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Thread: Performance gains with partitions

  1. #1
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    Performance gains with partitions

    hello,

    I've heard that using multiple hard drives in a gaming system can be useful wrt performance, as you can have your intensive games on one drive, and all the other stuff on the primary C drive.

    However, I'm using a laptop, and I therefore only have one (160GB) drive. The first thing to occur to me was to simply 'partition' the drive, so that it would be as if I had two seperate drives. However, would there still be any performance gains to this? Or would it be useless as all the stuff is still on the same physical drive anyway?

    Thanks!
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    Re: Performance gains with partitions

    Splitting up the HDD into partitions is a cheap way to maintain performance on the HDD. For e.g. you can have your page file as your first partition, windows as your second, games and programmes as your third, and data files as your forth and final. That will force data onto particular parts of the HDD platter(s) and minimise file fragmention, and the effects of it. There's a bit of fiddling involved but it does produce results.
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    Re: Performance gains with partitions

    I've been told by a few friends that if you are using only one drive there would be some sort of peformance gain from splitting the hard drive and using the faster part for more demanding apps ( i'd guess the better half being the outer edge... but not sure).

    I don't know though, I really doubt myself that your going to notice much as long as it's not fragmented.

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    Re: Performance gains with partitions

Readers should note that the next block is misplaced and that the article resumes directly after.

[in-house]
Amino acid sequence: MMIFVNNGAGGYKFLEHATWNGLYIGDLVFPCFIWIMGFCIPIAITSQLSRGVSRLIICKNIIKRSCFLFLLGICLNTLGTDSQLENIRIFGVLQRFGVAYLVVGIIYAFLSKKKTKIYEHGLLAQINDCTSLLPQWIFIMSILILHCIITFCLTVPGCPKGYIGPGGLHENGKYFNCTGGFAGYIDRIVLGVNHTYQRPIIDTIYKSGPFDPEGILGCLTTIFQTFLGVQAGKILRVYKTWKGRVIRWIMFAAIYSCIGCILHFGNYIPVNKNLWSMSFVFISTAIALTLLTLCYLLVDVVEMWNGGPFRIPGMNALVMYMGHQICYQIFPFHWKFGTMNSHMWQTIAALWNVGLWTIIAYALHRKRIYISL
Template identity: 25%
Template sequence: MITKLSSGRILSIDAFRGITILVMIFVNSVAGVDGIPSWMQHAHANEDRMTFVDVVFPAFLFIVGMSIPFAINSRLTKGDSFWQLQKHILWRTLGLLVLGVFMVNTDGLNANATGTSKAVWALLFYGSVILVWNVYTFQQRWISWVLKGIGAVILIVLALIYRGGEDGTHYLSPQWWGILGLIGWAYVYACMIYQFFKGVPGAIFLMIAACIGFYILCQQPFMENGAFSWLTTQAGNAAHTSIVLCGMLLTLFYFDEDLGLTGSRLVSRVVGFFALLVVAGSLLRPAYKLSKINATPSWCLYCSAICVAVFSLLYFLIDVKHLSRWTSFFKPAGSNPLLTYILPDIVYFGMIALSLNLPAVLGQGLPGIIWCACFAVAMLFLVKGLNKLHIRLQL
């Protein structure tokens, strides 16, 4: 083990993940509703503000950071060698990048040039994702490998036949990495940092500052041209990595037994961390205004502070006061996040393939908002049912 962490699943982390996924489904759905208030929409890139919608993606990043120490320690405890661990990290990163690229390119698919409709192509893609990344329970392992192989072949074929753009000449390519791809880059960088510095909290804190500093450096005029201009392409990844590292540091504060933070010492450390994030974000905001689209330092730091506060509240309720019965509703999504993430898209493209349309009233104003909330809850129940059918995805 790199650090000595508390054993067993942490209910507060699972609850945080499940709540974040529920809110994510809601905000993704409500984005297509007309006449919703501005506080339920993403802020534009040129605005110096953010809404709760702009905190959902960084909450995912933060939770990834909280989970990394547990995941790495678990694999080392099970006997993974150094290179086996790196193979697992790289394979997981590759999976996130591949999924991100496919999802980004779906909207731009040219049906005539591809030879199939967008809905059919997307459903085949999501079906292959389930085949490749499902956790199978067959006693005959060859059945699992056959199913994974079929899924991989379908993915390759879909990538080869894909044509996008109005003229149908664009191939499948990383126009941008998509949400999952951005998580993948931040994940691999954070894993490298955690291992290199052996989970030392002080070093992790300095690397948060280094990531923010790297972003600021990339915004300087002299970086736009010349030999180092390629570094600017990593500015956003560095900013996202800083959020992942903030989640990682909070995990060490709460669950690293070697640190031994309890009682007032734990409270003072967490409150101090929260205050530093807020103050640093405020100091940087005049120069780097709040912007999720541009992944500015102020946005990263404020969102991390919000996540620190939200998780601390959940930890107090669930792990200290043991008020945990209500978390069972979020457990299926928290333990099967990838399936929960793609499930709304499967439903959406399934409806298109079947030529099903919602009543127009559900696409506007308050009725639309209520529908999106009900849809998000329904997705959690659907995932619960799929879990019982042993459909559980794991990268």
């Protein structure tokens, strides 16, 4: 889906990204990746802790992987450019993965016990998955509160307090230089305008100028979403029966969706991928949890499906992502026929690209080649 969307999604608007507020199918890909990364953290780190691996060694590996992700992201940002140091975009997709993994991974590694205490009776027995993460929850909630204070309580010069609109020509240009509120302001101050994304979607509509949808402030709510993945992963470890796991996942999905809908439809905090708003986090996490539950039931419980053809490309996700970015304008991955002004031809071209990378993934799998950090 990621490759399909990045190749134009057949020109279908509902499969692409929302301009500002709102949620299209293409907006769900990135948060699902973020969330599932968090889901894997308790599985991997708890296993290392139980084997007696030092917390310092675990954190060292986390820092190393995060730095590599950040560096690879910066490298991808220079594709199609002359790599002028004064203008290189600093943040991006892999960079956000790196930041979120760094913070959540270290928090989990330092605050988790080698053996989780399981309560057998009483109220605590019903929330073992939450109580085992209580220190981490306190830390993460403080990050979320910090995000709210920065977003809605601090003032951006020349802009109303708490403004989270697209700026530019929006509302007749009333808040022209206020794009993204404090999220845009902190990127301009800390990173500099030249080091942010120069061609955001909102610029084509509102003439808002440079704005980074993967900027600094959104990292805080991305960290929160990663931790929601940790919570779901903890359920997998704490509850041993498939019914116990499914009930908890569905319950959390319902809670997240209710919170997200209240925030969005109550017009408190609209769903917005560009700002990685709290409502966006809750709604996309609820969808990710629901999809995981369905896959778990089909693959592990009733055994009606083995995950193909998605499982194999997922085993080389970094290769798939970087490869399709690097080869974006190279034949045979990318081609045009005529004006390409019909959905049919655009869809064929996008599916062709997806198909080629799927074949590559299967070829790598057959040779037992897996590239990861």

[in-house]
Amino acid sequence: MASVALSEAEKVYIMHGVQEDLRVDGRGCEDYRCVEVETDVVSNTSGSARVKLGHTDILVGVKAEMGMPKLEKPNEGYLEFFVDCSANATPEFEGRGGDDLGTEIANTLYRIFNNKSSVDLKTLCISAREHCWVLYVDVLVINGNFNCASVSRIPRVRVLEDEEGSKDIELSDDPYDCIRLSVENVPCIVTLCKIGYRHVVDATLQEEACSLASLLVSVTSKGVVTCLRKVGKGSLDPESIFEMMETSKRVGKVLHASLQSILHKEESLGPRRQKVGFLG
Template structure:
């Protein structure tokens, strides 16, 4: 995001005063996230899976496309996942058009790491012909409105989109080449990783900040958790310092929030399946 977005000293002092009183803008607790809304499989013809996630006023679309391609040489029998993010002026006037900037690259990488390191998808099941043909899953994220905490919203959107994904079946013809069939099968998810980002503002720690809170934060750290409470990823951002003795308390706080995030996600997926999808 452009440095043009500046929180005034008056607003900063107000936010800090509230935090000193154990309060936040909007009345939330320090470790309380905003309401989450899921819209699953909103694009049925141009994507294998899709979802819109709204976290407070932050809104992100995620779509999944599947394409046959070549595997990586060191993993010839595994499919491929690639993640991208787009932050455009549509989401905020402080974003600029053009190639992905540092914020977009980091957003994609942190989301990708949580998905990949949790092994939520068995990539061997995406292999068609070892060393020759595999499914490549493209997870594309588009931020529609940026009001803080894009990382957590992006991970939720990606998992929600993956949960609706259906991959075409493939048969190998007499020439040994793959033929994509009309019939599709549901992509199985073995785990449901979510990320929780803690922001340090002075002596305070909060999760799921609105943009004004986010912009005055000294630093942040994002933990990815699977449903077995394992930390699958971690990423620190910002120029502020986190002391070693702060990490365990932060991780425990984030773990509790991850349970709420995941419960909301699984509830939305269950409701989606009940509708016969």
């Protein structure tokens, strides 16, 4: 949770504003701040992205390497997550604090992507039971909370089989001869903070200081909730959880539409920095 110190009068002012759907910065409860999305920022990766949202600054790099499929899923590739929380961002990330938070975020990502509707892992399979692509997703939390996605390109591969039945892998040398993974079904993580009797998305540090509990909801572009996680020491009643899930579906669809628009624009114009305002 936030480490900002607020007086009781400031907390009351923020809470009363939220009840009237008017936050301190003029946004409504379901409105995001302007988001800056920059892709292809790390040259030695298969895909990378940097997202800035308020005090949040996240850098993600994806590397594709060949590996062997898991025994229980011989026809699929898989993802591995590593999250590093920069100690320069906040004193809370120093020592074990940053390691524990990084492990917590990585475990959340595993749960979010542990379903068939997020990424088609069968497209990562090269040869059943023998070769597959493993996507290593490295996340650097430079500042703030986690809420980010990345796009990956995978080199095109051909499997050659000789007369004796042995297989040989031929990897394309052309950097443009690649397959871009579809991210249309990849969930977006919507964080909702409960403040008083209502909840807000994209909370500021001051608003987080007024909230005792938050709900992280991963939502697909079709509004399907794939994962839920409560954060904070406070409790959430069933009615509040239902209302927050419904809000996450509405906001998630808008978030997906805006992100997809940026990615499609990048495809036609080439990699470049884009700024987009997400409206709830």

Iv had all my hardrives partitioned so I dont know if there is any difference beweten partitioning and not partitioning but it does make it a lot easier to find things on your hardrive. All your data like music and videos and so on can go on one partition, all your games on another and everything else on a final one.

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    Re: Performance gains with partitions

    I can't cope without partitions anymore. It keeps your harddrive a lot less fragmented. Is easy to clean up. Allows you to easily format, reinstall windows/linux etc when your pc needs a spring clean.

    I usually go with half partitioned for windows, office, adobe suite etc. Quarter for Music, videos, pictures, and a quarter for games and any software I'm unsure about ie software that I install on a whim because I think its going to do something useful, but probably never use.

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    Re: Performance gains with partitions

    Read/Write speed and access time gets worse the further along the disk you go.



    I generally partition the first 20% of a drive for performance needs (windows/games/swapfile) and use the remaining 80% for storage.

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    Re: Performance gains with partitions

    Lol, I'm still using a IDE drive. Man does my HDD suck


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